The Vague Verbal or Text Real Estate Offer
It’s only the last week of May and the first verbal offer from an absentee buyer has been phoned in. The calls generally go like this, “I’m so-and-so with Super Happy Fun Slide Brokerage, Inc. and I have a buyer who would like to offer $XYZ for your Doe listing.” Can you ask the Doe’s if they’ll accept that price?
My first question was, “Has your buyer been to the area before and do they know the complex?” The answer, of course, was no so I asked a few other pertinent questions which finally inspired the buyer’s agent to actually go look at the property. What’s a novel idea, huh?
I’ve sold plenty of real estate “sight unseen” but struggle with notion of negotiating any offer, much less a verbal offer from a buyer who’s never seen the property … especially when their agent has not seen the property and then the offer is delivered in a phone call or text.
Not only did their offer not come in writing but there was no compelling basis for the sellers to even take the offer seriously. My theory is this: You want me to present your mirage to the sellers, so help me to help you and support your offer with some sort of documentation. What is so hard about throwing that offer on DocuSign and doing it right?
How committed is this buyer or their agent going to be to this transaction if neither of them are willing trouble themselves to even fill out a contract? It’s only about a fifteen minute investment of time. It might be nice for them to make a commitment for sending an earnest money deposit and proof of funds which would actually prove the buyer can pay for the property, too.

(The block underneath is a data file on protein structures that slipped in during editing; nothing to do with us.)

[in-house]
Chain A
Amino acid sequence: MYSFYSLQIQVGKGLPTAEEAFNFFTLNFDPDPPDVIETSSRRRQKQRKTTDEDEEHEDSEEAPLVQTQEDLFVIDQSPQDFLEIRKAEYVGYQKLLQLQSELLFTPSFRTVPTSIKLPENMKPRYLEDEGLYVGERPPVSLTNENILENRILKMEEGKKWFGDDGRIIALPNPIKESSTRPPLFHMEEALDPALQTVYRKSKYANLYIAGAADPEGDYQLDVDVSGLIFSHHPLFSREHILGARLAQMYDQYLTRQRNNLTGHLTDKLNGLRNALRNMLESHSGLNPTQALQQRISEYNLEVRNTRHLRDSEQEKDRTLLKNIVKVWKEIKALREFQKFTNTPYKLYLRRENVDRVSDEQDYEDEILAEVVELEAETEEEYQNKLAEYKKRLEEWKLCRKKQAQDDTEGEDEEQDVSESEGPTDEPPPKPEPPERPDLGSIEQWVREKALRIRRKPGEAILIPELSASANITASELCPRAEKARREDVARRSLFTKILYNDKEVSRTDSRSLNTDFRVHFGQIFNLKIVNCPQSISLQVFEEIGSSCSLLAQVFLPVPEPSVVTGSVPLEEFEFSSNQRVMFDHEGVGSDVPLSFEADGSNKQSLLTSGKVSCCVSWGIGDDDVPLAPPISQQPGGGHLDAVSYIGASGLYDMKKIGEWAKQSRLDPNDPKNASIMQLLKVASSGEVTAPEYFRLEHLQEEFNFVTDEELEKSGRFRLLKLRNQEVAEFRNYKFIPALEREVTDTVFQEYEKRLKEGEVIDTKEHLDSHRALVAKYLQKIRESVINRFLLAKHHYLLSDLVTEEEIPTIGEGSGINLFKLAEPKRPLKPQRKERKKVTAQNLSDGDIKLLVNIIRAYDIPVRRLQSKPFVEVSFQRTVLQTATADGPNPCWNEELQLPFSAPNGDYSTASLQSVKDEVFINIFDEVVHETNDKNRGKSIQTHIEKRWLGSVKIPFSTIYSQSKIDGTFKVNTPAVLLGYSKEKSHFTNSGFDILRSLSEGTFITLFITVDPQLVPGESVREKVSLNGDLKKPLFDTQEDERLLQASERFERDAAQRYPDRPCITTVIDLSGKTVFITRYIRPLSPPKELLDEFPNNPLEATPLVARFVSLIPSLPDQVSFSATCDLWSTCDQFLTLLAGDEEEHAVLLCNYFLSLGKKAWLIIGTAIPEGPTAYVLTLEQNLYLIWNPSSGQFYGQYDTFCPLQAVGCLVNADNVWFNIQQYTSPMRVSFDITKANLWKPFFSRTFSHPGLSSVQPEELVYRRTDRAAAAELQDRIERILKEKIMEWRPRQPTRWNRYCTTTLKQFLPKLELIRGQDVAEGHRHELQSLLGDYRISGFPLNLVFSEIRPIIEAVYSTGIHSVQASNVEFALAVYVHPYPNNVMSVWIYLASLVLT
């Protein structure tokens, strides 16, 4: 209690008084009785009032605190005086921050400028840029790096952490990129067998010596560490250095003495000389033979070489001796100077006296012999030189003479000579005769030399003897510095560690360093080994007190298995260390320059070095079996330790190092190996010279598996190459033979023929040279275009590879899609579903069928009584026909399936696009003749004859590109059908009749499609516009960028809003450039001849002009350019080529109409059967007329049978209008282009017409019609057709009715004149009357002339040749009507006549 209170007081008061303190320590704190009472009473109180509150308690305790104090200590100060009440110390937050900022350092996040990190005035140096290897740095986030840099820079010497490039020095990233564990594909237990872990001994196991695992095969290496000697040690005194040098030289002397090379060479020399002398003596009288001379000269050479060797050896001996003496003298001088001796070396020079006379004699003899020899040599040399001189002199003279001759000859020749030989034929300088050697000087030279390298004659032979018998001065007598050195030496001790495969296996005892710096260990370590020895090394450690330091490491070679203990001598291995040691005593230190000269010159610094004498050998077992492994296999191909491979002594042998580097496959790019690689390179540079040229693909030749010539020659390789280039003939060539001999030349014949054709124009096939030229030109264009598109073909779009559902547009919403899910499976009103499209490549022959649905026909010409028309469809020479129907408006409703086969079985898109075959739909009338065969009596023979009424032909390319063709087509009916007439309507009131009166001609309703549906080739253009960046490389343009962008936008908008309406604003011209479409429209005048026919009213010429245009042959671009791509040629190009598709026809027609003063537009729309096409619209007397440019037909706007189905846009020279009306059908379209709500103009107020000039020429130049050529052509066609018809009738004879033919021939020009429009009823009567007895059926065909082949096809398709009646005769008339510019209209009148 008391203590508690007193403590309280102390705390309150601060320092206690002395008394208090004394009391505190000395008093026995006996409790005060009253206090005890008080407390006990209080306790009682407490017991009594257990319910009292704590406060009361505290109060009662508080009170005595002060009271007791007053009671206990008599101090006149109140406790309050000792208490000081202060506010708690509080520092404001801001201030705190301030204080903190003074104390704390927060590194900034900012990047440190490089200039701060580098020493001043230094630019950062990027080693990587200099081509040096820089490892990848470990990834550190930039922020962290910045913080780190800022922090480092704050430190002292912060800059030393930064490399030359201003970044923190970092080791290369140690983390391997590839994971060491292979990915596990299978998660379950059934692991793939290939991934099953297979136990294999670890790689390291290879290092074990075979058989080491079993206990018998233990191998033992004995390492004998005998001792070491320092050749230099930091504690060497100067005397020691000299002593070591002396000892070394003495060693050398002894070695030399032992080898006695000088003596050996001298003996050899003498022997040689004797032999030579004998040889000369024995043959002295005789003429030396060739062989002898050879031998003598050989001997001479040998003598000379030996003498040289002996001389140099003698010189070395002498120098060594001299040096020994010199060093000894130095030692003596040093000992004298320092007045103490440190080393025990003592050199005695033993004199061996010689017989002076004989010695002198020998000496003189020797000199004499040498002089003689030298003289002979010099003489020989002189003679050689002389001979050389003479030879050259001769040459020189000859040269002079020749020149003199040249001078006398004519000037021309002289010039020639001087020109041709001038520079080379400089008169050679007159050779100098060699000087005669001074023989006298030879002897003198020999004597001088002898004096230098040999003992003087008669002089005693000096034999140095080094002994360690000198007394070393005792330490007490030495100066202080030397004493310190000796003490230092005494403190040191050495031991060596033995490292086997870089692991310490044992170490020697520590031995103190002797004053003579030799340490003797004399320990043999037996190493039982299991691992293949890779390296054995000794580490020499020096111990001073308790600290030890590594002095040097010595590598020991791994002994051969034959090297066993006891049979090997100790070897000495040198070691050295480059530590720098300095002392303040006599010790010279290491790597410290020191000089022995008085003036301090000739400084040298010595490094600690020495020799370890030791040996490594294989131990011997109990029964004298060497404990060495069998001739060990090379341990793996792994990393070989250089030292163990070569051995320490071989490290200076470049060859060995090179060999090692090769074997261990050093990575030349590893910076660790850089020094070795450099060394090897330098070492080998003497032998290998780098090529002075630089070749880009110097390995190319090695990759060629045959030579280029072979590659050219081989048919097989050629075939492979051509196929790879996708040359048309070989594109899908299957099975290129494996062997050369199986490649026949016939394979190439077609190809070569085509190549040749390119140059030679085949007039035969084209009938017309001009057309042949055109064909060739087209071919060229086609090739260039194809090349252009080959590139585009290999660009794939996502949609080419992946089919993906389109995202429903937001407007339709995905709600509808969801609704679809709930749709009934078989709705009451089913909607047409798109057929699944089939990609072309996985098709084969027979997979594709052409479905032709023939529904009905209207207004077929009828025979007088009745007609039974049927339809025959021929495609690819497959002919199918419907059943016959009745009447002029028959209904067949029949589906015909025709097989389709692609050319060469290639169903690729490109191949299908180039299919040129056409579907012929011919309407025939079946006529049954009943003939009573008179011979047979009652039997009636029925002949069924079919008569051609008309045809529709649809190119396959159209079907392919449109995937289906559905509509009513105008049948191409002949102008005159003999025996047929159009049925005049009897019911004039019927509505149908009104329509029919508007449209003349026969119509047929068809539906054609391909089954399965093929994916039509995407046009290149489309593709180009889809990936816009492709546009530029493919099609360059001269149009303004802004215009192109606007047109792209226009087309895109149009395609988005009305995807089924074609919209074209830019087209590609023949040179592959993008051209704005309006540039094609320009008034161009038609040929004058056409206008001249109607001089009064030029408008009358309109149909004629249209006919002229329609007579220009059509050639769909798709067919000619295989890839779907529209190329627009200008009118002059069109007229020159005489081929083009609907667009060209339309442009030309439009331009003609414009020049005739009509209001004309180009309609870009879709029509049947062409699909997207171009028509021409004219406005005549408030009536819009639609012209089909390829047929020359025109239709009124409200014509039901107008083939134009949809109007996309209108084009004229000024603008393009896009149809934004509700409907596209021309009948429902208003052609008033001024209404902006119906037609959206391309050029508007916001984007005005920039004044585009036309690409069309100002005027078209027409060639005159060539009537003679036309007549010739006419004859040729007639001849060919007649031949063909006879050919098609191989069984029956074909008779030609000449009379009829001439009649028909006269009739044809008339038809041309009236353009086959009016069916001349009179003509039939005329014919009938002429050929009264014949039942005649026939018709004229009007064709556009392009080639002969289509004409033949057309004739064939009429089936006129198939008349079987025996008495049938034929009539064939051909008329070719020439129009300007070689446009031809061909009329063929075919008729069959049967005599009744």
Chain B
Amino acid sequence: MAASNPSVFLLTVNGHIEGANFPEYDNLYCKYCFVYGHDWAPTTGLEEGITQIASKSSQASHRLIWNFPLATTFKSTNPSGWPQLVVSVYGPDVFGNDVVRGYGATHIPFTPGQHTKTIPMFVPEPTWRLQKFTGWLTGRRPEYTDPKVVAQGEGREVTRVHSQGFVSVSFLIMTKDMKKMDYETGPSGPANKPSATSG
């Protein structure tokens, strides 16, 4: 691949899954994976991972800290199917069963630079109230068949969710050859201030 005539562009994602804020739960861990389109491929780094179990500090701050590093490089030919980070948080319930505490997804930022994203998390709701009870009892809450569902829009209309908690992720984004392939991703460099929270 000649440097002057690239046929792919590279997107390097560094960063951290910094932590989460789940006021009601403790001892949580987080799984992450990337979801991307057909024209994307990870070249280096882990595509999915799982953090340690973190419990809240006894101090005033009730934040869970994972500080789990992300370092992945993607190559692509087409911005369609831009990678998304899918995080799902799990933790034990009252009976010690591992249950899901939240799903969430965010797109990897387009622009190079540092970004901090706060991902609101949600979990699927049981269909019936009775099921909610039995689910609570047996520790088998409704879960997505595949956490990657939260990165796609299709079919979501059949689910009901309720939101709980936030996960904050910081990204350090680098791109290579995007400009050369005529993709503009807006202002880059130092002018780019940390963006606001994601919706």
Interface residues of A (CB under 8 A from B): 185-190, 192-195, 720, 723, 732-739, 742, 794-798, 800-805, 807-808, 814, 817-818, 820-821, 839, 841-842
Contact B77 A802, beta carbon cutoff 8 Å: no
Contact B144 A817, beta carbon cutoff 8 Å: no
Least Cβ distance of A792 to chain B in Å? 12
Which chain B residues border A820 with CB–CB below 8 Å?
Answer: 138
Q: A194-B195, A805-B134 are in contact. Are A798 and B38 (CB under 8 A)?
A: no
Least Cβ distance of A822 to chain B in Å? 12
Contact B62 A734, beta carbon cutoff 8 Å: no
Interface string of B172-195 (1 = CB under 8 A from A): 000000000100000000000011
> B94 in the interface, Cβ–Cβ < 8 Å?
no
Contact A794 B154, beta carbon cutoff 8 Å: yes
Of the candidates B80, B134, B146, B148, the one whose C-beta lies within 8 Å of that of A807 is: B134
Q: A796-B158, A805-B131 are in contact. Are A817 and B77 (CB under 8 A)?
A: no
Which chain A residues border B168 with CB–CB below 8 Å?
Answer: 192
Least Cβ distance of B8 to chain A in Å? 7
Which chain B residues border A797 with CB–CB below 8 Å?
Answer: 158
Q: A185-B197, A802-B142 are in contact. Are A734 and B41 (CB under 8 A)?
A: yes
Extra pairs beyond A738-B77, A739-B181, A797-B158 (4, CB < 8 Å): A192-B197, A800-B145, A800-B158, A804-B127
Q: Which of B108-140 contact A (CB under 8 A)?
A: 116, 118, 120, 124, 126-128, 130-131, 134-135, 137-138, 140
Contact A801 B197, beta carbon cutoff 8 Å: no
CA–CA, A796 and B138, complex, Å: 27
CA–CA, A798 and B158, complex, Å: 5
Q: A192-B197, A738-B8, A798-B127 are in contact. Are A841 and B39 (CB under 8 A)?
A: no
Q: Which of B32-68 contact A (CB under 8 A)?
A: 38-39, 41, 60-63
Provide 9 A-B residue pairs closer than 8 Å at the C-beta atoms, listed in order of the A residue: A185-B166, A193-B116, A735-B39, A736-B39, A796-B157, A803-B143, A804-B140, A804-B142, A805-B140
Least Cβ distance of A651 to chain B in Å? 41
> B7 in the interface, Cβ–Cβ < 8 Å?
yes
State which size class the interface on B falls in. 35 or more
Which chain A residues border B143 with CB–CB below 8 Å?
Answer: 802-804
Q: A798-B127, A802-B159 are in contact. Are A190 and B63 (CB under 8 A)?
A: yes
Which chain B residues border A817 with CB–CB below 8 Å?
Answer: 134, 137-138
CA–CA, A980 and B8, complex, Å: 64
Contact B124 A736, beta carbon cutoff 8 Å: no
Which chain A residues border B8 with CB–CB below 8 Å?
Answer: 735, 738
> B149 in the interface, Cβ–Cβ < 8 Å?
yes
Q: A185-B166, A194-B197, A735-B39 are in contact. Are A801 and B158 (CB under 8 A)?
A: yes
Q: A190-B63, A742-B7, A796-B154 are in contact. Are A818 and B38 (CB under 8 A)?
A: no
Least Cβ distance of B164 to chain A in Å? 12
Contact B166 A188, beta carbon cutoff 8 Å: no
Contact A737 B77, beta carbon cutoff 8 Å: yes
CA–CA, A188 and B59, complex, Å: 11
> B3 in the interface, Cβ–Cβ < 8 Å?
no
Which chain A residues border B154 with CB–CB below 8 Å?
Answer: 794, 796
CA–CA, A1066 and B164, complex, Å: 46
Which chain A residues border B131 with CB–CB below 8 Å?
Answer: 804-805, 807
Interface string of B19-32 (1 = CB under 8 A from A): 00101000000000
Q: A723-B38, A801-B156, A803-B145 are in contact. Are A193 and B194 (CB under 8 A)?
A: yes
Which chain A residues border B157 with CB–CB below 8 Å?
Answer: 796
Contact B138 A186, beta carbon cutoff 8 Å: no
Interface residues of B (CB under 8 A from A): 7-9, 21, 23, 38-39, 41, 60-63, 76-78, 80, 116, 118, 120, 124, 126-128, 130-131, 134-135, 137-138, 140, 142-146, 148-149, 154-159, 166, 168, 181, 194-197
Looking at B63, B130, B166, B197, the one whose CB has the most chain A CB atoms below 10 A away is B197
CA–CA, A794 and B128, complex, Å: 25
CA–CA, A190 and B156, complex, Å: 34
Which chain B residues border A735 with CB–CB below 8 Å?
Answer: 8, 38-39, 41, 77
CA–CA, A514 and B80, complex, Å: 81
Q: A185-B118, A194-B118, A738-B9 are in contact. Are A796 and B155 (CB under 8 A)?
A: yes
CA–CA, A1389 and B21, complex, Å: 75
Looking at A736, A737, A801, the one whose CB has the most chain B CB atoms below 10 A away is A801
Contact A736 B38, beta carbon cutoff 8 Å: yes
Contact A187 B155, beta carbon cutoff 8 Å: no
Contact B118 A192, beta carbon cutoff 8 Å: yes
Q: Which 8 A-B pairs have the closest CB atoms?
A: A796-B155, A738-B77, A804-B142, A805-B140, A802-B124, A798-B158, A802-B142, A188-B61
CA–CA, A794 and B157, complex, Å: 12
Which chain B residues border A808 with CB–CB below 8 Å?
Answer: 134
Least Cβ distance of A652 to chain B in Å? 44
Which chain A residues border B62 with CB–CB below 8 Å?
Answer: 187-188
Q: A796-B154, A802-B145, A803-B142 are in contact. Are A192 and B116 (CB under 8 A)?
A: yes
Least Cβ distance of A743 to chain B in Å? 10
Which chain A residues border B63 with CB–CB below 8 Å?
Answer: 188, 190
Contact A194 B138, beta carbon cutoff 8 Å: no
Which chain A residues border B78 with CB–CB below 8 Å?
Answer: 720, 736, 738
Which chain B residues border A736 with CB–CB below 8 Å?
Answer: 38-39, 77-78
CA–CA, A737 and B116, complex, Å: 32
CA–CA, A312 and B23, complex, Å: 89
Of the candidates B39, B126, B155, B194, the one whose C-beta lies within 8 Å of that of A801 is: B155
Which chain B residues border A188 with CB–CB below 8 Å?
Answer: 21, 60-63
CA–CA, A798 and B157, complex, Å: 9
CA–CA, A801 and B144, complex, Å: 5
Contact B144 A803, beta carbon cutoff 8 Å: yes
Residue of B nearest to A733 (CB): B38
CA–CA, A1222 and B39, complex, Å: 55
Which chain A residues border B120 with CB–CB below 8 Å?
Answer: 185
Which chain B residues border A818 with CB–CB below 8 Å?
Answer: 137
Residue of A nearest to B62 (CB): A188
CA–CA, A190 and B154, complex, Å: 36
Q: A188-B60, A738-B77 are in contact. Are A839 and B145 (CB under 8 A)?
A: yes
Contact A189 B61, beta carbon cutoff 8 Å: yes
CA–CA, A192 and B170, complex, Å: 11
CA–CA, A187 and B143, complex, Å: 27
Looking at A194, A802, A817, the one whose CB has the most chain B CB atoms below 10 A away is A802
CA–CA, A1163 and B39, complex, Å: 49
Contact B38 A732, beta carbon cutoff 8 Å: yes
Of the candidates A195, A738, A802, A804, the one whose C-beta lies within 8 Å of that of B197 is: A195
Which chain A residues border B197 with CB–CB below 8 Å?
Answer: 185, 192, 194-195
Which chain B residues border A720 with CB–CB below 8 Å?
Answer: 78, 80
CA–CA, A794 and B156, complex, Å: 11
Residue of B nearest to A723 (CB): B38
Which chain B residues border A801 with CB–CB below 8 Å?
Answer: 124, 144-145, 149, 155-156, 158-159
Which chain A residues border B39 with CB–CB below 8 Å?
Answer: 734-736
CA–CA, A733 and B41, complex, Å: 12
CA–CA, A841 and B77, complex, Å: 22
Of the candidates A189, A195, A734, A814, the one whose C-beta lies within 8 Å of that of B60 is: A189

As one might have suspected, this particular offer wasn’t exactly full price. That would probably explain why the buyer didn’t waste their time writing up an offer.
Even if a verbal offer is full price, there’s just simply more to buying real estate than purchase price.
There are important dates that must be agreed upon regarding escrow deposits, mortgage approvals, home inspections and the actual closing date. Who is paying for the title insurance? Would this be an as-is verbal offer and since there are several boiler plate contracts used in this area, which one are you inferring that you’re verbally using?
The list of potential derailments for the runaway verbal offer train is endless.
Any offer is an offer and it must be conveyed so I called the sellers to let them know about the forty percent off list price verbal offer.
Why? Well, we have to exhaust the remote possibility that it could actually be negotiated to an executed contract. Plus, the seller’s circumstances could have changed since I last spoke to them. What if they suddenly needed fast cash to pay for a new kidney or to buy the silence of their maid/baby momma and actually consider this a fabulous opportunity?
If the sellers were seriously considering it, I’d also let them know that a verbal offer or even a verbal acceptance isn’t worth the paper it’s written on and suggest that they respectfully ask the buyer to present the offer in writing as the first step in their negotiation.
One of these days I’ll have to unleash my inner wisenheimer and ask the buyer’s agent if their buyer needs to run their verbal offer by their attorney before I submit it, just to see what the response is.
I can almost hear the crickets now.
Real Life in Bonita Springs is a project by Chris Griffith dedicated to writing useful blog posts for consumers about the Bonita Springs, Florida area. Find out what it is really like to live in Bonita Springs, Florida by reading about our fair city. You’ll get the latest in local real estate information, Bonita Springs real estate market reports and a little bit of humor. If you have topic ideas, feel free to request a story about the idea, after all, this site is just for you.
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